The characters are very well thought i must say, interesting and engaging. The main character is very cold and quiet with a very sadistic face. However deep down he’s soft and fragile, a man who yearns his wife love and the guilt of losing his only child. The private detective however is the complete antagonist character, not in an evil sense but just a rude and unethical person. His face looks perverted and in a way he’s portrayed is a bit lunatic and mentally ill. In a minute he can smile and laugh out of nowhere and suddenly he just goes poker face and bloody serial killer mode on. He goes around beating people even though his job is to do the other way around.

I also like how the movie is very raw and untouched. Most of the scenes are handheld, you can see the shakiness of the shots which is beautiful and makes it more engaging and emotionally attached rather than a flat steady shot. One of it is when Jeonhyuk and the private detective was on a boat and they were arguing, you can see how the shot move as the sea waves moves. The lighting is very natural as well, they will let a shadow cast on the actor’s face and let the color look pale and gloomy. But I felt that it achieved what kind of mood the movie wants to portray, the eerie and unsettling feeling can definitely be felt.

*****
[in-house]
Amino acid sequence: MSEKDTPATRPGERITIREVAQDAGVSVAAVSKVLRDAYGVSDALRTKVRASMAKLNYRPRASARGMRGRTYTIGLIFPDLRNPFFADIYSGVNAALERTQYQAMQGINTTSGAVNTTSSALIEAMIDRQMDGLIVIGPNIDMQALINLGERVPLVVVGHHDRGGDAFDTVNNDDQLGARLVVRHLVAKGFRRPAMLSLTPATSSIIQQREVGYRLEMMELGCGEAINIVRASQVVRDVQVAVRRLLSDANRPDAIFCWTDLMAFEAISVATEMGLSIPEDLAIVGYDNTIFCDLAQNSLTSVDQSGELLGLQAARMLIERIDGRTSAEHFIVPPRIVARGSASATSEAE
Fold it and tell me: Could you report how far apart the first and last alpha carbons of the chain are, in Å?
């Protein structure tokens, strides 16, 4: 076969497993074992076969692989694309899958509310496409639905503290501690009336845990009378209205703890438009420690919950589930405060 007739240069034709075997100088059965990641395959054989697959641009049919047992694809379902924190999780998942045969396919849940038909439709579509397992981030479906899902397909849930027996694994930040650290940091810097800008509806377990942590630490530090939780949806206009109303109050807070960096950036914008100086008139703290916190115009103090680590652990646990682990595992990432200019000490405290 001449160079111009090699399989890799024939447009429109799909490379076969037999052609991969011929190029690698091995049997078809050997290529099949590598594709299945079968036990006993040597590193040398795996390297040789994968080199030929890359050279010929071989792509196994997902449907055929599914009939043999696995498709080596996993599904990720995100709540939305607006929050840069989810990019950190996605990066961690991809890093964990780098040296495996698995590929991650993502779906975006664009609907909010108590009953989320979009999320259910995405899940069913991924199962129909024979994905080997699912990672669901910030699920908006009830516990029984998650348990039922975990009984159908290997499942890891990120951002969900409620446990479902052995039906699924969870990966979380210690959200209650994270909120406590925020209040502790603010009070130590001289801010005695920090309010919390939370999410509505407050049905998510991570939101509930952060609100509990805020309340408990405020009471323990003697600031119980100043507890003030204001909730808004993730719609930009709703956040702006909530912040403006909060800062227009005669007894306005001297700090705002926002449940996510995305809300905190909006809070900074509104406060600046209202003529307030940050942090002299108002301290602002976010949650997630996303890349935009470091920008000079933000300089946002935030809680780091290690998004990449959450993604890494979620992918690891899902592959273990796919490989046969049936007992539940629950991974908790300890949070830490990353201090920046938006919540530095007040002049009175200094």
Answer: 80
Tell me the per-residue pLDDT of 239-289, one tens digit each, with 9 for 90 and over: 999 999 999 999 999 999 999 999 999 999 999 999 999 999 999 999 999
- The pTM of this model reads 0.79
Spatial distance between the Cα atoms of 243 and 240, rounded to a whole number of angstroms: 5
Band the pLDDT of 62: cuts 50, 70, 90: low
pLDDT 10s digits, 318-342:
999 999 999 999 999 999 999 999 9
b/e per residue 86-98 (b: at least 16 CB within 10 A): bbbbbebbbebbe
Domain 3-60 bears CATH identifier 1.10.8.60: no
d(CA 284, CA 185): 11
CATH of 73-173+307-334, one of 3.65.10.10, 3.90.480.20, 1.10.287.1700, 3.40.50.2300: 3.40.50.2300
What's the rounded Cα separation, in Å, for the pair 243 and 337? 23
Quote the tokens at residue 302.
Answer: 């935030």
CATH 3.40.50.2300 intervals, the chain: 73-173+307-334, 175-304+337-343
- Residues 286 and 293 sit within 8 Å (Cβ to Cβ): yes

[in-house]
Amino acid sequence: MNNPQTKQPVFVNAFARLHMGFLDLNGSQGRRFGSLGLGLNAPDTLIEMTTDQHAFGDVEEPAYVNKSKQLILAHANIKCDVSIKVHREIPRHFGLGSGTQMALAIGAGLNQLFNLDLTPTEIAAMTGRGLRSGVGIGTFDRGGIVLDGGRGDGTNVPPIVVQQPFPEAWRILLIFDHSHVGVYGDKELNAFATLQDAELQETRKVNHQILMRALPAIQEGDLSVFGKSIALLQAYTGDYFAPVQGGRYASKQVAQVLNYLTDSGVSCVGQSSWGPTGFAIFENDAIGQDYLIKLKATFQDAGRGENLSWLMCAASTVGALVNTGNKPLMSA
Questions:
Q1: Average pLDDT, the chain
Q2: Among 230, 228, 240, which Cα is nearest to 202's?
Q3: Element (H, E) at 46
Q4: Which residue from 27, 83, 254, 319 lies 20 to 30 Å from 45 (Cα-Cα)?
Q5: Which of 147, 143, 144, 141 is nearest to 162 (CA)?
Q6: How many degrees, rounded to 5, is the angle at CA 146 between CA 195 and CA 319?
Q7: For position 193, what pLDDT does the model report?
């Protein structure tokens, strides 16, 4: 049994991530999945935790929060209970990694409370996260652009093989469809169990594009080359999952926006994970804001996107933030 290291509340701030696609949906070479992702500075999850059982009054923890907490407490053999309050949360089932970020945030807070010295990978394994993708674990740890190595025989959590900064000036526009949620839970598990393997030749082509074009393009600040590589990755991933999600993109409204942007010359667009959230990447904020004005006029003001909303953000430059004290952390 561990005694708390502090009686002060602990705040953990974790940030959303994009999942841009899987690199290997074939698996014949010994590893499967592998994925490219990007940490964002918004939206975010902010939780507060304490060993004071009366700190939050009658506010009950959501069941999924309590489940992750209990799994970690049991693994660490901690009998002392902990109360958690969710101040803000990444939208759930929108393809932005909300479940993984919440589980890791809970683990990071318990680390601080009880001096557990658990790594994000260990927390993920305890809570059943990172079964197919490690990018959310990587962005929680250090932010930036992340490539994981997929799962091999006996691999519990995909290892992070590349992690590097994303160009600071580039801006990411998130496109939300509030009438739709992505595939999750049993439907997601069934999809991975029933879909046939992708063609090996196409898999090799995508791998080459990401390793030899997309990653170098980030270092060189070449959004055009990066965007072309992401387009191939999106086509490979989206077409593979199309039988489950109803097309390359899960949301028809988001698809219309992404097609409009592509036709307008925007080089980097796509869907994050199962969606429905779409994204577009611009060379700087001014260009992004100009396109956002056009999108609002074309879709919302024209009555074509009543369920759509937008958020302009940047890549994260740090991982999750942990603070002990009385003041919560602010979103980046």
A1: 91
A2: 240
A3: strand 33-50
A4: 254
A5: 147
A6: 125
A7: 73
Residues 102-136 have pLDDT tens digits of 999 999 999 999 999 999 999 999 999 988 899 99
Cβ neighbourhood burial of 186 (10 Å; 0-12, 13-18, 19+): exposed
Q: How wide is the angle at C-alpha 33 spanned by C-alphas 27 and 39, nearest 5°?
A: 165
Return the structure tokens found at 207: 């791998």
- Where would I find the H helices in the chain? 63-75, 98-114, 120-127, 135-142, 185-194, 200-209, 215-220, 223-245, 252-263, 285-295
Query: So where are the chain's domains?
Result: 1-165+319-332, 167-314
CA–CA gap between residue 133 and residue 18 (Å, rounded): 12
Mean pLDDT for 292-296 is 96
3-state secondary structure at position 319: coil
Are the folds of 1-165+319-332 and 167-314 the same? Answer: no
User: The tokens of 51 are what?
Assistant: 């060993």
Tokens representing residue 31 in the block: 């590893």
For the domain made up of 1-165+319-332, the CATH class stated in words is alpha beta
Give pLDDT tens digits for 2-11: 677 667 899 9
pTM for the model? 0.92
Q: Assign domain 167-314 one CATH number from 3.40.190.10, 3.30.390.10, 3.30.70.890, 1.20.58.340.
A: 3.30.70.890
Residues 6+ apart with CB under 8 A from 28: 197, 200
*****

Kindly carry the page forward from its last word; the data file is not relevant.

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The foggy day represent that all the characters are actually dead and they are a walking ghost. The two fishing men are dead from the beginning. Stuck in the boat, in the beginning they’re immersed in their conversation but then realised that they don’t even know how and why they are there in the first place. They questioned their identity and memory.